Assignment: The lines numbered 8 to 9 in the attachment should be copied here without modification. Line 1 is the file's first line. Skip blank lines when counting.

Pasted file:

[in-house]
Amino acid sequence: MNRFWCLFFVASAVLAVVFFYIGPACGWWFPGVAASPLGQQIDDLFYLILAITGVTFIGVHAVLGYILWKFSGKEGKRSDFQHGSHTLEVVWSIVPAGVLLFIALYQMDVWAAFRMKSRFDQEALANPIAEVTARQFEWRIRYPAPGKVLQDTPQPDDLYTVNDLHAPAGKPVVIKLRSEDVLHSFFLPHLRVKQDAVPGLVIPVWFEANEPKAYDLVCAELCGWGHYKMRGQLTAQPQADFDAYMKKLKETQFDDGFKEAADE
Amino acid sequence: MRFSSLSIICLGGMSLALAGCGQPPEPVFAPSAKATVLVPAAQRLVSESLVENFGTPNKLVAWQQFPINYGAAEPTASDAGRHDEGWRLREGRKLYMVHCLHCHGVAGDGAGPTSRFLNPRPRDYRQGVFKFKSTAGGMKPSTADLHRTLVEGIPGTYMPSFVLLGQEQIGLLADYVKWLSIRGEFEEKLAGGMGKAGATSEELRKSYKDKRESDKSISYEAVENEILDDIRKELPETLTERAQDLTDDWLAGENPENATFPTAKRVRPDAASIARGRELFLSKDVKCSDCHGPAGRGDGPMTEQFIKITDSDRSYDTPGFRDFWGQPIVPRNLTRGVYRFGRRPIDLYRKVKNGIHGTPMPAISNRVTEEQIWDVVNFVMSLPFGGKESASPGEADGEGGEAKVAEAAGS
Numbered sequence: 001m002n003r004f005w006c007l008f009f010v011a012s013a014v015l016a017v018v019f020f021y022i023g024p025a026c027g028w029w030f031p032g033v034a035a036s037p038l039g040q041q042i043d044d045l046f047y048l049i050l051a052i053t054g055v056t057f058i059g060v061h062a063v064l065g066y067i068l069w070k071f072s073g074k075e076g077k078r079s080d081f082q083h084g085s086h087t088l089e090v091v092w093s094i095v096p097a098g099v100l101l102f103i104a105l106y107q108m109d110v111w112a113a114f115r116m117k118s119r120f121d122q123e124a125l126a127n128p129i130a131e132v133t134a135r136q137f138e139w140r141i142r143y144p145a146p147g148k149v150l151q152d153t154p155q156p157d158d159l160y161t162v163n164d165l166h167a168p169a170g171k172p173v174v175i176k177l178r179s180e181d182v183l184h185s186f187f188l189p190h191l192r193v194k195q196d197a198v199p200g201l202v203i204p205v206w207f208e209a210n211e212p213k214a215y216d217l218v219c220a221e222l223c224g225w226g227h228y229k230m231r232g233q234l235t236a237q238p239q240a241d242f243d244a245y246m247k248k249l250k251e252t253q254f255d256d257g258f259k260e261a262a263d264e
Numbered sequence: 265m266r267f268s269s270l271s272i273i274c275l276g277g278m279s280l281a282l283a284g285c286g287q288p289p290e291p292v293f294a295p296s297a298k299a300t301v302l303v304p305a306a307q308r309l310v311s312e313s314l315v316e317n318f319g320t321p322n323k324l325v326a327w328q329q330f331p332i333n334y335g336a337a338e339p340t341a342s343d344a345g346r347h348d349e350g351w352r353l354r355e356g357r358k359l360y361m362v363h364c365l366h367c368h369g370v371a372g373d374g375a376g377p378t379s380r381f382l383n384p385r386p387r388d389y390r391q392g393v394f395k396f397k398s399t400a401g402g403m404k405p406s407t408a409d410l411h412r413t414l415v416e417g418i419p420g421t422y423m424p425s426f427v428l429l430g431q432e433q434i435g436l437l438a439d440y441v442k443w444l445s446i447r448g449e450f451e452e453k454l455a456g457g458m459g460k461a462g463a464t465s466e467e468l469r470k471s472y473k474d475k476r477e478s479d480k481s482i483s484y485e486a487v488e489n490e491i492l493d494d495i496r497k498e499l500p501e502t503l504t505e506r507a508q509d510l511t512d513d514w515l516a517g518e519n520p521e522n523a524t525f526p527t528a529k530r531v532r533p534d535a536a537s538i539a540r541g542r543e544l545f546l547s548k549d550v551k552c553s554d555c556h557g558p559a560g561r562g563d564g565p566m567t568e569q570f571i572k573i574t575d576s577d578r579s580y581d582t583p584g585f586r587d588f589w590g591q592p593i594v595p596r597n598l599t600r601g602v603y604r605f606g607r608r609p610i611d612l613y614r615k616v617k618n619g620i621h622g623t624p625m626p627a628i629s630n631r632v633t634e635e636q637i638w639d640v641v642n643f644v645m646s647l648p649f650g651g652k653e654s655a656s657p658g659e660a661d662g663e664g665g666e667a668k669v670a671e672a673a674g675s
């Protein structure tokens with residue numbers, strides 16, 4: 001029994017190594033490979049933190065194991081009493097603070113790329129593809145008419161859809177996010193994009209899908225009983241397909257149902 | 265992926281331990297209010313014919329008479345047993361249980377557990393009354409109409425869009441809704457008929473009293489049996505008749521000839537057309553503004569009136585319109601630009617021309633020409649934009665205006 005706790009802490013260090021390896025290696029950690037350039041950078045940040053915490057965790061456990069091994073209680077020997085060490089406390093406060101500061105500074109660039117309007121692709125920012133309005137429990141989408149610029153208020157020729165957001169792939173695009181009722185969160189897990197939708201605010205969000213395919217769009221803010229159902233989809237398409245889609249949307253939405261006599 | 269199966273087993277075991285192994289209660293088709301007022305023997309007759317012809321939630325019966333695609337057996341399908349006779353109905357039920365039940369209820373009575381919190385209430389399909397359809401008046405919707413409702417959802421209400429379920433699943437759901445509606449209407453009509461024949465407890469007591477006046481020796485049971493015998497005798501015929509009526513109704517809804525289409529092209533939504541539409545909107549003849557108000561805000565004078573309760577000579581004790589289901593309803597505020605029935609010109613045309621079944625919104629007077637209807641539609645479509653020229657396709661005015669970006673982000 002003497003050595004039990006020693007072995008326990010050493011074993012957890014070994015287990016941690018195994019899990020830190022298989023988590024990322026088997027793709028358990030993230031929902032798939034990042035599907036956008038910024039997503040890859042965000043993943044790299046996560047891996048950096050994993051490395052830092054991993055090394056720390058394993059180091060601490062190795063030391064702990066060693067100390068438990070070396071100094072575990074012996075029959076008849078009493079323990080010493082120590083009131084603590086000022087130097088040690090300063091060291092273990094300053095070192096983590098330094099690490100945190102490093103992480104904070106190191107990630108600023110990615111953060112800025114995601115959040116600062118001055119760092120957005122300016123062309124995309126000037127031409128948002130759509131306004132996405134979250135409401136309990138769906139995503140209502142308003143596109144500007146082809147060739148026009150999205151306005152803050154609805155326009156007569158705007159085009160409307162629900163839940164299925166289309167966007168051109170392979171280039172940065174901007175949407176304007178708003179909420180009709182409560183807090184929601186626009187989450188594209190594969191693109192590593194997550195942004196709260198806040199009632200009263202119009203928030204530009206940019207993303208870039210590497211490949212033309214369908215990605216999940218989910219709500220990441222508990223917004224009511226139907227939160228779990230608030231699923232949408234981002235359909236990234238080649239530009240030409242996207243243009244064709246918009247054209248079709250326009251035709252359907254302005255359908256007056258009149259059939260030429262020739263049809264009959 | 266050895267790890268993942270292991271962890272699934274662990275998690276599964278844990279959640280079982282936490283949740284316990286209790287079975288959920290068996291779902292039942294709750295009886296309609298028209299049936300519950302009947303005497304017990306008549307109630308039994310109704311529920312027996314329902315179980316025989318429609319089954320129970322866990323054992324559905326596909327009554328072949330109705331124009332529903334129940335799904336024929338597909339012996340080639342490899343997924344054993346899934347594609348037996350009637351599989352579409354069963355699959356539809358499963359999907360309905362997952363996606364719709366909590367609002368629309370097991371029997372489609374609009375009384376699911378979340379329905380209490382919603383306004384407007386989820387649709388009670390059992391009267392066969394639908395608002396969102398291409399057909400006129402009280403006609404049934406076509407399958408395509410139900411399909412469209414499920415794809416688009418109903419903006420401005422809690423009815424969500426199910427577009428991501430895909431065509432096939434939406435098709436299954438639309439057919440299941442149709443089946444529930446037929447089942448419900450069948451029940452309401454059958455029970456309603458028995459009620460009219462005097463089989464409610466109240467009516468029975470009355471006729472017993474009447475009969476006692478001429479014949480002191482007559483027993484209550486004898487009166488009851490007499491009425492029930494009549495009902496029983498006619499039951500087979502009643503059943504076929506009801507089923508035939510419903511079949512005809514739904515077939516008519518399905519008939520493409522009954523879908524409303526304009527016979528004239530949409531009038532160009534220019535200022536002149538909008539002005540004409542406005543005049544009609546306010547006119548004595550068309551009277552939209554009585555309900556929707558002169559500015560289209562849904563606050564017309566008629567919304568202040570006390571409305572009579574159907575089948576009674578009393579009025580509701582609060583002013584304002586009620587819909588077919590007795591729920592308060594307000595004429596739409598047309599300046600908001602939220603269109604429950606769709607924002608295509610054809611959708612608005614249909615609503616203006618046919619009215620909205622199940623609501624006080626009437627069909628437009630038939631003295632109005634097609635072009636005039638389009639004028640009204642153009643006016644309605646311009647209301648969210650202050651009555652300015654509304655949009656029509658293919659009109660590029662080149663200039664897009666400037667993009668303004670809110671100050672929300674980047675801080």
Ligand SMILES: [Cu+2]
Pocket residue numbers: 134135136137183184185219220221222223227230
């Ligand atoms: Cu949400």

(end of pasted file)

Pocket residue numbers: 134135136137183184185219220221222223227230
């Ligand atoms: Cu949400």